Do you love someone enough to spend your hard earned dollars on a life insurance premium — month after month?
Because the real benefit of a life insurance policy isn’t for you. It’s for those you love… but after you’ve gone.
Life insurance is money paid to those who rely on you right now to provide a secure standard of living. They can lose this in a heartbeat.
Life insurance is money when needed the most… with no income tax or publicity.
Buying a life insurance policy is challenging because it isn’t an easy subject matter to begin with.
Most people get confused about how it works and whom they can trust enough to make the purchase.
And there’s a large number of companies and sales agents all clamoring for your attention.
This article will help to clarify a huge misconception about term life insurance. Also, I’ll introduce you to what many knowledgable professionals consider to be the best kept secret in a life insurance policy.
Buy term and invest the difference is a phrase touted by those … including many life insurance agents … who have absolutely no idea how much harm it’s implementation can cause.
The principle theory is you no longer need life insurance when you reach a certain age such as 55, 60 or 65.
Supposedly your kids have finished school and are doing just fine earning their own income. And you and your spouse are living comfortably on retirement savings and social security.
On the surface and to the naive, this might appear reasonable.
Now, it’s easy to pick apart this hypothesis, but let’s focus instead on the real problem with this scenario.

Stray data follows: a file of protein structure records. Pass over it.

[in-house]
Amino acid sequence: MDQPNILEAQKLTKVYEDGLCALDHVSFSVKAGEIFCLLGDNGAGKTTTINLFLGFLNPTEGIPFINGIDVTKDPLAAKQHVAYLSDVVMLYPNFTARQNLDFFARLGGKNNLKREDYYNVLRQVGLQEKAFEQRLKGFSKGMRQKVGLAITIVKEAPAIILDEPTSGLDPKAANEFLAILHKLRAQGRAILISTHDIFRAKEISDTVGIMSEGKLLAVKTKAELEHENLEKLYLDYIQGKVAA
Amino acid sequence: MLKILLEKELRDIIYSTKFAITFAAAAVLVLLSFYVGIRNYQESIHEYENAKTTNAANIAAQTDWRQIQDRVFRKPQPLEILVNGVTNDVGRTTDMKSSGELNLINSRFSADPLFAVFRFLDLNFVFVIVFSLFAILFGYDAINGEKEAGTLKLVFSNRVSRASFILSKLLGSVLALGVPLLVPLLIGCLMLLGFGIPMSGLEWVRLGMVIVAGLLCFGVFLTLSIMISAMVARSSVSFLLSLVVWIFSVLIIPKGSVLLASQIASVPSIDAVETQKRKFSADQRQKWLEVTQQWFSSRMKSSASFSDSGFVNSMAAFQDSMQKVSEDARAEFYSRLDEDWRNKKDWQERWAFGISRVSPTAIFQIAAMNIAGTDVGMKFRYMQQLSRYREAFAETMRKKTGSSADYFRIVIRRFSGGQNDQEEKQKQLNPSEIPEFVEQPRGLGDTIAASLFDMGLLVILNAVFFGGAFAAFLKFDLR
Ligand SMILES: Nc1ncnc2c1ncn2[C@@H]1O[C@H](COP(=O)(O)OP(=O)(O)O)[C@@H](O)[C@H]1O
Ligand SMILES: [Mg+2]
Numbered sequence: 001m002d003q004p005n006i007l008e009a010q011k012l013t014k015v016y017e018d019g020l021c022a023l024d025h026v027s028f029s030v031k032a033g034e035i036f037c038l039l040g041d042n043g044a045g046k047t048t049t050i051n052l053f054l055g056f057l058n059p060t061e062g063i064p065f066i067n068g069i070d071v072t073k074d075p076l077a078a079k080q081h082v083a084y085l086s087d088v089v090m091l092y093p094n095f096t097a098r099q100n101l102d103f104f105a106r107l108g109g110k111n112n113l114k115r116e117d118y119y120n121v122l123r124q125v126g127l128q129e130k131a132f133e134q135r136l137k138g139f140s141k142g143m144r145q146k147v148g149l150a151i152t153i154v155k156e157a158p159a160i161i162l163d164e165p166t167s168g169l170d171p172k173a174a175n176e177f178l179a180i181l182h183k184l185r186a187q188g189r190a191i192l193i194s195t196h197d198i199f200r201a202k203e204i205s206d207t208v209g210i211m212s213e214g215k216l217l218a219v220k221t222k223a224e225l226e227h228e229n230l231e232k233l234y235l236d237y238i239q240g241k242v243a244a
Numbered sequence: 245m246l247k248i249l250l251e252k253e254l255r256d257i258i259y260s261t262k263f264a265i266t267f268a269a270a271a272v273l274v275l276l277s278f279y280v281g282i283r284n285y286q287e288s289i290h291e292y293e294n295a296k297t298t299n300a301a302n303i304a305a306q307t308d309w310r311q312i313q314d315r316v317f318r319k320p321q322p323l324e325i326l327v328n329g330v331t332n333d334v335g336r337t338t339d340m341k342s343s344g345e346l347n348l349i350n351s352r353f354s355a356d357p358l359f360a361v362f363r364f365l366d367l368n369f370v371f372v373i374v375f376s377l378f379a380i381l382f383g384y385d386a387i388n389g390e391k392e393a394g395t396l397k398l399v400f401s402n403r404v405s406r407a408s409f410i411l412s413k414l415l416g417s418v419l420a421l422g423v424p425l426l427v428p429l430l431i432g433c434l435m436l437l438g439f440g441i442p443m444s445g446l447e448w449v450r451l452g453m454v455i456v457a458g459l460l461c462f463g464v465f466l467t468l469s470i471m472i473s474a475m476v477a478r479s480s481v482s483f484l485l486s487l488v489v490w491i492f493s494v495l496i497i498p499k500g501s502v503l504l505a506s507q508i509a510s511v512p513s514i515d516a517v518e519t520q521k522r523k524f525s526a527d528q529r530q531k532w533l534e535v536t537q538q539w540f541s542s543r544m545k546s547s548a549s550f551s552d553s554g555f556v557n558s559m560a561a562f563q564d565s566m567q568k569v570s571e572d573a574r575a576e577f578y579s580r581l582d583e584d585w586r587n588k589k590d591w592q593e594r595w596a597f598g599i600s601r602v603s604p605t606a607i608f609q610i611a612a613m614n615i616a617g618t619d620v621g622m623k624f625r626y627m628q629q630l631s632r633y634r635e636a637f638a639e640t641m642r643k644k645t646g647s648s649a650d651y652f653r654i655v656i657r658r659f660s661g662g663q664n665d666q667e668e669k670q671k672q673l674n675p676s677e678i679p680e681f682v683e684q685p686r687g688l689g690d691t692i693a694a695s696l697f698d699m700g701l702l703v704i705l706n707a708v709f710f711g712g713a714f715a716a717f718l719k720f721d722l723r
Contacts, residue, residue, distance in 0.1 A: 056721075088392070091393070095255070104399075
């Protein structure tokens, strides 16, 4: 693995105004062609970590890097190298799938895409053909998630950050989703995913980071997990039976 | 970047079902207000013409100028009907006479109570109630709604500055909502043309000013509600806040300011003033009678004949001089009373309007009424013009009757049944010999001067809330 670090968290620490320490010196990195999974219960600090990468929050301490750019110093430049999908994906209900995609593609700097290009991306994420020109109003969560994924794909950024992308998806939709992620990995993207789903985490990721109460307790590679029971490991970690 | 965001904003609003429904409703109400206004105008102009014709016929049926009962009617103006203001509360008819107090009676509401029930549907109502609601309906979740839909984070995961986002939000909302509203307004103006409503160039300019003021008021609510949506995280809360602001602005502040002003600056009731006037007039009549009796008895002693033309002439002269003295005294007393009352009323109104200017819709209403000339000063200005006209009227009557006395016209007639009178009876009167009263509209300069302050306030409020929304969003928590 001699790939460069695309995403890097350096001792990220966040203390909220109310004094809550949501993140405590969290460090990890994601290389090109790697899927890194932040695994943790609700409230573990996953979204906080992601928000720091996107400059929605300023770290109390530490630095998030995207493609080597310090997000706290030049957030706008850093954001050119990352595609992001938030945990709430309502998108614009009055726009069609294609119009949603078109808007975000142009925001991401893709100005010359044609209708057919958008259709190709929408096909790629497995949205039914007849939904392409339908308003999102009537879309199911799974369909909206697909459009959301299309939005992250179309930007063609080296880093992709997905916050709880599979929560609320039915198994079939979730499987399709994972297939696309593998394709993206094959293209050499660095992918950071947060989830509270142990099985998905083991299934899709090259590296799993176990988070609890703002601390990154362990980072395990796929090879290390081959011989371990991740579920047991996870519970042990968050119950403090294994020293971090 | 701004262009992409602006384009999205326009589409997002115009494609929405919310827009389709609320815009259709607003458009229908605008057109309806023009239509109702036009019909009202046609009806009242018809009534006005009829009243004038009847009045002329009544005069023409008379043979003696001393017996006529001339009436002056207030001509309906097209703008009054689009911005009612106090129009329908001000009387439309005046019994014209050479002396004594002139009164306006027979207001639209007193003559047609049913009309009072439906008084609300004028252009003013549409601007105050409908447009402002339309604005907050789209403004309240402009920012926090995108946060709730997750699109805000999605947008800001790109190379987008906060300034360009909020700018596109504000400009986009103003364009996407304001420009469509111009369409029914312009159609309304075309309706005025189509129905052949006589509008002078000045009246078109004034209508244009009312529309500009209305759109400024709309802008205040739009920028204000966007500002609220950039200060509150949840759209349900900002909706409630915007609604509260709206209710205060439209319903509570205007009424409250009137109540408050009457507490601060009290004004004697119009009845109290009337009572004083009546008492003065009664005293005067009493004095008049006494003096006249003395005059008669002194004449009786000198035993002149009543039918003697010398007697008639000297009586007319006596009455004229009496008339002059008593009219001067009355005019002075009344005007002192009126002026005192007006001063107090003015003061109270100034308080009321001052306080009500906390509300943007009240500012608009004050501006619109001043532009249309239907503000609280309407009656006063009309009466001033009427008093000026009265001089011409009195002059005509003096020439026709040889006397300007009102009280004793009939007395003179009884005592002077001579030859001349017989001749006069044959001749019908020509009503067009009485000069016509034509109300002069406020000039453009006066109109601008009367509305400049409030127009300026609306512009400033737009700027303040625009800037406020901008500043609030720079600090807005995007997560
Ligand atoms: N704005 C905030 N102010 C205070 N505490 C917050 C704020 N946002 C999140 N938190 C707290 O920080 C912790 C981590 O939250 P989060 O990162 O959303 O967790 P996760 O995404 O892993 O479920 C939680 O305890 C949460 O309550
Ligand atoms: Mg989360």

We are living longer than ever before. We may not be enjoying it very much due to poor health but, nevertheless, we’re hanging on.
Life insurance companies know this better than anyone. In fact, most of them now use age 115 has a factor when calculating life insurance policy premiums.
You hear about retirees who are forced to find work at McDonald’s or Wal-Mart. Have you ever joined a seniors chat room on the Internet and witnessed the concerns most of them have about running out of money before they die?
Many of these seniors are frightened to death. And what about the millions of babyboomers right behind them.
An intelligently purchased life insurance policy can be the saving grace for those you love the most.
Now, let me set the record straight. I have nothing against term life insurance. For over 24 years I’ve personally sold millions of dollars worth.
What bothers me … and what I believe to be criminal … is when term life insurance is sold under false pretenses.
Let’s use a simple example.
A 35 year old nonsmoking male in excellent health can buy a $500,000 term life insurance policy for about $700 per year.
The premium is guaranteed to be $700 for 30 years. Some companies will be a little cheaper and some a little more expensive.
The buy term and invest the difference advocate would compare this to a $500,000 whole life insurance policy at $3,650 per year. Once again, some companies will be higher and some lower.
Theoretically, you have $2,950 to invest each year for 30 years. I say theoretically because in the real world you would never consistently invest $2,950 each year.
Not the same way you would commit to a life insurance policy premium.
How do I know this? Call it human nature based on lots of experience.
But, let’s give you the benefit of the doubt and say you actually do invest according to this hypothetical plan. What rate of return are you going to make over 30 years? 5% … 8% … 10 percent?
By the way, this question opens up another can of worms. The psychology of investing. But, we’ll save that controversy for another time.
For arguments sake let’s assume you get an 8% compounded rate of return each year for 30 years. This comes to $360,920.41.
Okay… so now you’re 65 years old and you have $360,920.41. But guess what?
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